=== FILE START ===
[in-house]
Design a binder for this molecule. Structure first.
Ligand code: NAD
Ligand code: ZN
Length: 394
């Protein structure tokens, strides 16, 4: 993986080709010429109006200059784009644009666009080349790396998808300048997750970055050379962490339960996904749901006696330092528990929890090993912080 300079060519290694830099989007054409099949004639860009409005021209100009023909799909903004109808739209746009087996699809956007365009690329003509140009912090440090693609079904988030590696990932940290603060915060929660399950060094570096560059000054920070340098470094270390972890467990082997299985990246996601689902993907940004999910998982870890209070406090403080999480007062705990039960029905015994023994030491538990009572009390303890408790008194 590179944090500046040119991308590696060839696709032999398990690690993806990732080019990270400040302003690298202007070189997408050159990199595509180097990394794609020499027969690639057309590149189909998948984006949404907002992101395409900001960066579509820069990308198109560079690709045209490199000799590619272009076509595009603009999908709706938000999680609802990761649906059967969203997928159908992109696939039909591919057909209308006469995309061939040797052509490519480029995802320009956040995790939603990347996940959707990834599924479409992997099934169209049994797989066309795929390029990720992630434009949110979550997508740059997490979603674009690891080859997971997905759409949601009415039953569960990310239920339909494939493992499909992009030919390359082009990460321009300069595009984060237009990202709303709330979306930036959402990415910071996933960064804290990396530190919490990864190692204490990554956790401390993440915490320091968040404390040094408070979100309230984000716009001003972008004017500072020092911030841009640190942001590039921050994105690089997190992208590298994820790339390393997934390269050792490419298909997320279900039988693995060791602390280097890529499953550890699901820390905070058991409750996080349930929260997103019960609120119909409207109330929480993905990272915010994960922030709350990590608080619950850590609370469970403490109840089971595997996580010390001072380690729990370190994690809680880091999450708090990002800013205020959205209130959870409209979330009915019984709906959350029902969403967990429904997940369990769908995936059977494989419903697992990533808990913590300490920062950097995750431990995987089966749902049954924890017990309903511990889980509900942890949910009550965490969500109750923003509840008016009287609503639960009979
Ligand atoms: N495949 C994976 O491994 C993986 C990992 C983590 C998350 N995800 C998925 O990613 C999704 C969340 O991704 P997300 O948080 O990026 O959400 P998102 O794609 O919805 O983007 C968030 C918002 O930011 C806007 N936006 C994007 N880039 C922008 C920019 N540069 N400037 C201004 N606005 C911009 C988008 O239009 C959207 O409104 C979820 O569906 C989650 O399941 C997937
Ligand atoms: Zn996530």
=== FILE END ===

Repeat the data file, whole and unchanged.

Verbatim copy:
[in-house]
Design a binder for this molecule. Structure first.
Ligand code: NAD
Ligand code: ZN
Length: 394
């Protein structure tokens, strides 16, 4: 993986080709010429109006200059784009644009666009080349790396998808300048997750970055050379962490339960996904749901006696330092528990929890090993912080 300079060519290694830099989007054409099949004639860009409005021209100009023909799909903004109808739209746009087996699809956007365009690329003509140009912090440090693609079904988030590696990932940290603060915060929660399950060094570096560059000054920070340098470094270390972890467990082997299985990246996601689902993907940004999910998982870890209070406090403080999480007062705990039960029905015994023994030491538990009572009390303890408790008194 590179944090500046040119991308590696060839696709032999398990690690993806990732080019990270400040302003690298202007070189997408050159990199595509180097990394794609020499027969690639057309590149189909998948984006949404907002992101395409900001960066579509820069990308198109560079690709045209490199000799590619272009076509595009603009999908709706938000999680609802990761649906059967969203997928159908992109696939039909591919057909209308006469995309061939040797052509490519480029995802320009956040995790939603990347996940959707990834599924479409992997099934169209049994797989066309795929390029990720992630434009949110979550997508740059997490979603674009690891080859997971997905759409949601009415039953569960990310239920339909494939493992499909992009030919390359082009990460321009300069595009984060237009990202709303709330979306930036959402990415910071996933960064804290990396530190919490990864190692204490990554956790401390993440915490320091968040404390040094408070979100309230984000716009001003972008004017500072020092911030841009640190942001590039921050994105690089997190992208590298994820790339390393997934390269050792490419298909997320279900039988693995060791602390280097890529499953550890699901820390905070058991409750996080349930929260997103019960609120119909409207109330929480993905990272915010994960922030709350990590608080619950850590609370469970403490109840089971595997996580010390001072380690729990370190994690809680880091999450708090990002800013205020959205209130959870409209979330009915019984709906959350029902969403967990429904997940369990769908995936059977494989419903697992990533808990913590300490920062950097995750431990995987089966749902049954924890017990309903511990889980509900942890949910009550965490969500109750923003509840008016009287609503639960009979
Ligand atoms: N495949 C994976 O491994 C993986 C990992 C983590 C998350 N995800 C998925 O990613 C999704 C969340 O991704 P997300 O948080 O990026 O959400 P998102 O794609 O919805 O983007 C968030 C918002 O930011 C806007 N936006 C994007 N880039 C922008 C920019 N540069 N400037 C201004 N606005 C911009 C988008 O239009 C959207 O409104 C979820 O569906 C989650 O399941 C997937
Ligand atoms: Zn996530």